JP Catungal investigates racial inequality in Toronto’s Social Services for Sexual Health
Toronto is often touted as a welcoming city, its motto “Diversity Our Strength” summing up how it portrays itself to current and potential residents and visitors. However, PhD candidate John Paul (JP) Catungal argues that such a rosy portrayal of the city’s character belies the entrenchment of racial inequalities in the city’s social and spatial fabric. He notes, “While Toronto is indeed a ‘contact zone’ among different ethno-racial communities, research shows that racialized populations, especially those with high rates of recent immigration, continue to face institutional barriers especially to jobs, social services, health care and post-secondary education”.
JP’s doctoral research looks specifically at the politics of racial inequalities in local sexual health organizing and social service provision. He is interested in profiling the emergence of ethno-specific AIDS service organizations (e-ASOs) in the city: “the origin stories of these organizations tell us a lot about the institutionalization of racial inequality within local responses to AIDS in the 1980s”. JP explains, “The three organizations that I study – the Asian Community AIDS Services, the Alliance for South Asian AIDS Prevention and the Black Coalition for AIDS Prevention – all emerged in the late 1980s and mid 1990s because people of colour were dying of AIDS due to a lack of culturally appropriate and linguistically specific services in mainstream health care and social service settings. Leaders from racialized communities stepped up to form these organizations when no one else did. Because of their work, many racialized people today who need sexual health information, support and services continue to have access to appropriate support through these e-ASOs.”
JP’s dissertation argues that e-ASOs act as sort of ‘ethno-specific safe houses’, a term he adapts from cultural theorist Mary Louise Pratt to describe places where groups who experience inequalities and exclusion come together to build communities of support, trust and camaraderie. These spaces, JP explains, “were important responses to practices of racism that, in the face of the 1980s AIDS crisis, literally killed many people of colour through their exclusion from social and health services”. JP insists that e-ASOs remain important today: “My interviewees often talk about e-ASOs being spaces that have people who look like them, that have resources, posters and brochures that portray people who look like them. To me, this is a desire to see themselves reflected in supportive spaces, which is evidence that they are welcome there and that they can access appropriate information and support there. When my interviewees talk about e-ASOs in this way, they are also subtly critiquing their continued erasure from mainstream sexual health spaces.”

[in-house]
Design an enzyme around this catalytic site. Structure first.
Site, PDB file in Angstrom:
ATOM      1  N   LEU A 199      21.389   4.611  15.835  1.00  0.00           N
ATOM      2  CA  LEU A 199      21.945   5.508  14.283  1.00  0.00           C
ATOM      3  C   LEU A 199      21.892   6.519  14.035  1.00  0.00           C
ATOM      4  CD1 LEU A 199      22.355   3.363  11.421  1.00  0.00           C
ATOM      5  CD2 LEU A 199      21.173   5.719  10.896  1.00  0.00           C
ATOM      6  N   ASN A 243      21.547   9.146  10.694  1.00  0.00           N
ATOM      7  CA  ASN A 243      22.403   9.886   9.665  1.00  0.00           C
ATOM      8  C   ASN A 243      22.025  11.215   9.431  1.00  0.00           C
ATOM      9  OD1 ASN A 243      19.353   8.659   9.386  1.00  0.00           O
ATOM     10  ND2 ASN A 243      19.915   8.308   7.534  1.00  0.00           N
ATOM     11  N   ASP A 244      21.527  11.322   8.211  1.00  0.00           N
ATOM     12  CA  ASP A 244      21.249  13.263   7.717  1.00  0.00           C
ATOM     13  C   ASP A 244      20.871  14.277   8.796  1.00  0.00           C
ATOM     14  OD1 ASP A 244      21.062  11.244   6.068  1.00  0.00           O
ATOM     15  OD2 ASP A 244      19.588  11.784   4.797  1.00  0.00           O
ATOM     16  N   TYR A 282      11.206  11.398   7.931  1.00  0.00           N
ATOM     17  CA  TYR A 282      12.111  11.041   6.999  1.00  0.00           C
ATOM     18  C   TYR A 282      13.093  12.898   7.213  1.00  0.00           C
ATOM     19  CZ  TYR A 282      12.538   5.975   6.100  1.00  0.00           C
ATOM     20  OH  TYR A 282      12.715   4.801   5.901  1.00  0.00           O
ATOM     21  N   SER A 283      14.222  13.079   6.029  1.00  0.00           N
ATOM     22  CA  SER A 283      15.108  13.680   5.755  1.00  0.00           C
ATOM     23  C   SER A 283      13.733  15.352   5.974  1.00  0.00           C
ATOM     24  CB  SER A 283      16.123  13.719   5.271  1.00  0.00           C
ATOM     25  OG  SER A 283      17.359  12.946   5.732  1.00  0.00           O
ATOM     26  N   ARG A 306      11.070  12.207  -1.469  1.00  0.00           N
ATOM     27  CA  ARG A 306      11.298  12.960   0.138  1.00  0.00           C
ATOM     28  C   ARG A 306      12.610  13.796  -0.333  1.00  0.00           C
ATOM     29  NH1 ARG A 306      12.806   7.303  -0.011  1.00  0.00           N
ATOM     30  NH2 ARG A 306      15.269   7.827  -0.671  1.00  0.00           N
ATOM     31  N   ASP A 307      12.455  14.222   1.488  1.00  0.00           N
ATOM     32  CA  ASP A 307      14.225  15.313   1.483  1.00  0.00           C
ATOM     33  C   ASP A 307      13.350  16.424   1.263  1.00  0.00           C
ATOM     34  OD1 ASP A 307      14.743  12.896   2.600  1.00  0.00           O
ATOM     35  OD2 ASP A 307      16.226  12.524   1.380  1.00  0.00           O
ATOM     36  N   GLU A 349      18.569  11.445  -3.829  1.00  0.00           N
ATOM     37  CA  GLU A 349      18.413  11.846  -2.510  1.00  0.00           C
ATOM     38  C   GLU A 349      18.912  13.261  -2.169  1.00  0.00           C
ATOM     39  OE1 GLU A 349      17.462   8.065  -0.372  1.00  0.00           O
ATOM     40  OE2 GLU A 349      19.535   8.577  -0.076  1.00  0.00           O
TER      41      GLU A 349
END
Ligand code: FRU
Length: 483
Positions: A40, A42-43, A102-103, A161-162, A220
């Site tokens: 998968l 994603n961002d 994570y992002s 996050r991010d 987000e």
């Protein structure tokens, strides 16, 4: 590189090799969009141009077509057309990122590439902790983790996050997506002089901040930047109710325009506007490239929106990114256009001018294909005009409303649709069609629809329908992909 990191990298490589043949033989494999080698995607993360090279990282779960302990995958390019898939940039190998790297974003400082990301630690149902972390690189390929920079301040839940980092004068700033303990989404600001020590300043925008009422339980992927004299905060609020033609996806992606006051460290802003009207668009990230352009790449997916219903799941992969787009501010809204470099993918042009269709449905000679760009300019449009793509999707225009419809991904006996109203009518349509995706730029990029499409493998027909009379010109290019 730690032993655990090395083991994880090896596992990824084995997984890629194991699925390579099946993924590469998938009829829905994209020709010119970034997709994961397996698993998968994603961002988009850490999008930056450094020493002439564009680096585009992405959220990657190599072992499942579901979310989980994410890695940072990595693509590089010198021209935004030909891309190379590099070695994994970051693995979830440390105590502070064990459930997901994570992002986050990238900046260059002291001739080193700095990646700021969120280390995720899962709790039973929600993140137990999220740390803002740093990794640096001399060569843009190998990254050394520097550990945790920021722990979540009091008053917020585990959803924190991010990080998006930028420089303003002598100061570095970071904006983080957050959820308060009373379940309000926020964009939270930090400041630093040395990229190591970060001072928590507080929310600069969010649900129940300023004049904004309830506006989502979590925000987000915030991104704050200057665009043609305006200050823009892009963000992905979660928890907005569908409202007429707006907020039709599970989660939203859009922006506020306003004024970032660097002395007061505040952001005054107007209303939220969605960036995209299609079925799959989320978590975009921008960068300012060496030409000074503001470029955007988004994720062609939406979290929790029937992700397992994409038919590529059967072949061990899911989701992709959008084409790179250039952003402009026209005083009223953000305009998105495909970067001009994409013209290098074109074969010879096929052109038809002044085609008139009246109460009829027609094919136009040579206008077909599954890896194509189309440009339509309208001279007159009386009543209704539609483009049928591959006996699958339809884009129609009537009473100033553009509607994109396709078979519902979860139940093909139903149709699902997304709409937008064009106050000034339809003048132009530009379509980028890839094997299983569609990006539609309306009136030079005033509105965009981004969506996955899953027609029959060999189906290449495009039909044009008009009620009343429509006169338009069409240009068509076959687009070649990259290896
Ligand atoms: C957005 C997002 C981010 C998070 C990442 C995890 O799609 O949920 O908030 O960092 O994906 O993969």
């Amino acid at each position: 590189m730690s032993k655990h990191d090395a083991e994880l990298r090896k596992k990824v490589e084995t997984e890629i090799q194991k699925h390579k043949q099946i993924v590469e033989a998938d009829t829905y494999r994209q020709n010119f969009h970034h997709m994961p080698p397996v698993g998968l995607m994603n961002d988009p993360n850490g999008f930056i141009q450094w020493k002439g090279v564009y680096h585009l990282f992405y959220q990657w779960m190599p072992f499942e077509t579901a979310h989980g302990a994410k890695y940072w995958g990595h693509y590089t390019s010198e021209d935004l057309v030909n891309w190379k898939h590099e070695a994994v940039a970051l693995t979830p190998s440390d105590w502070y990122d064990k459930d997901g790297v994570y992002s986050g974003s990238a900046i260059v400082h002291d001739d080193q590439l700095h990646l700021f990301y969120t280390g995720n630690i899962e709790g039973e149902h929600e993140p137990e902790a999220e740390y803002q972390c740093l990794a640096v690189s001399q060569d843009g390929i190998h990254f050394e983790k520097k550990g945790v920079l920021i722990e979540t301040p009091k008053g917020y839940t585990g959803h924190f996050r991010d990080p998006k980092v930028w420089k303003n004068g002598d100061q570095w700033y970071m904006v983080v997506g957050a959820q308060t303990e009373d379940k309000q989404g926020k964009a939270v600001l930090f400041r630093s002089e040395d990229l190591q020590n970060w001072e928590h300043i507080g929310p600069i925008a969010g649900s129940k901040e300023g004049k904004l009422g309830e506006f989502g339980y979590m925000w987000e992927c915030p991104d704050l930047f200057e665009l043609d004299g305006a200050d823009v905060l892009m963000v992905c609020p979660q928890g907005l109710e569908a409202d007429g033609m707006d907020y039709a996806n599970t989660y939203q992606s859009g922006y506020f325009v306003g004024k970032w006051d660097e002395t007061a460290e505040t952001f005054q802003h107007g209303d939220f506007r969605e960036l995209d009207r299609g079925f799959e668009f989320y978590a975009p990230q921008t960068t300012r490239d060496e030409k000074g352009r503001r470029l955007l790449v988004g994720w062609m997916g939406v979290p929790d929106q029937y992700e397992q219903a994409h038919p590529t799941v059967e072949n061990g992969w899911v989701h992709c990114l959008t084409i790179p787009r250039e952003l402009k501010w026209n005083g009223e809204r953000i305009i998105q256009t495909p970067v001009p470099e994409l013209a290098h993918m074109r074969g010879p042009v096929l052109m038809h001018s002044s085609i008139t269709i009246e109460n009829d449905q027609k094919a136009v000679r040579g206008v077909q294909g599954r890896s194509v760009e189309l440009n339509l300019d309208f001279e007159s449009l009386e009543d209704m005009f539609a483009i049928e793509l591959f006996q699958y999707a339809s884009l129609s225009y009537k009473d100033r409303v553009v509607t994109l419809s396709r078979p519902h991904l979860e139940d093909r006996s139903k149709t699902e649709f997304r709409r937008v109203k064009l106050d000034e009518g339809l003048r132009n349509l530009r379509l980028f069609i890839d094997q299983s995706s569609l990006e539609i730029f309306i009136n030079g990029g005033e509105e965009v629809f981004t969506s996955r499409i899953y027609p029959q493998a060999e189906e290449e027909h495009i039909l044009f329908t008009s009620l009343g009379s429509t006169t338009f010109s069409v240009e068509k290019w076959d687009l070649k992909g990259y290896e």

JP became interested in researching the stories of e-ASOs because he wanted to marry his academic and political commitments to progressive and socially just sexual, racial and health politics. However, his route to his PhD was more complicated than he had envisioned: “I began the doctoral program in Geography wanting to study the role of American urban planners in the Philippines during the US colonial period. However, it became very clear to me that I severely missed doing research on the politics of sexualities, which was the topic of my undergraduate thesis at Simon Fraser University.” After much soul searching, JP decided to switch trajectories, which eventually led him to his current research.
In chronicling the stories of e-ASOs, JP hopes that his research will contribute to an understanding of the vital contributions of e-ASO workers not only to racialized communities, but also more broadly. He explains, “I found early on that the genealogies and contributions of e-ASOs are generally forgotten in public and academic accounts of AIDS organizing and service provision in Toronto. I believe that this epistemic erasure enacts a form of racial violence that parallels the exclusion of people of colour in early local AIDS organizing.”
Apart from his research, JP is also passionate about teaching. He was the course instructor for GGR 327 (Gender and Geography) in the Summer and Fall 2011 semesters. He reflects on his experience: “Teaching a feminist course in geography was challenging partly because the course covers very political material, from gender inequalities and violence in the home, at work and in urban public spaces, to the uses and abuses of gender norms in the service of colonialism, war and development. The conversations we had in class were sometimes difficult, but they were necessary. I count myself lucky to have been a course instructor, especially when I read term papers and realized that students were able to make use of feminist geographical lenses to understand what is going on around them. It was a delight to make even that bit of difference in how they see the world.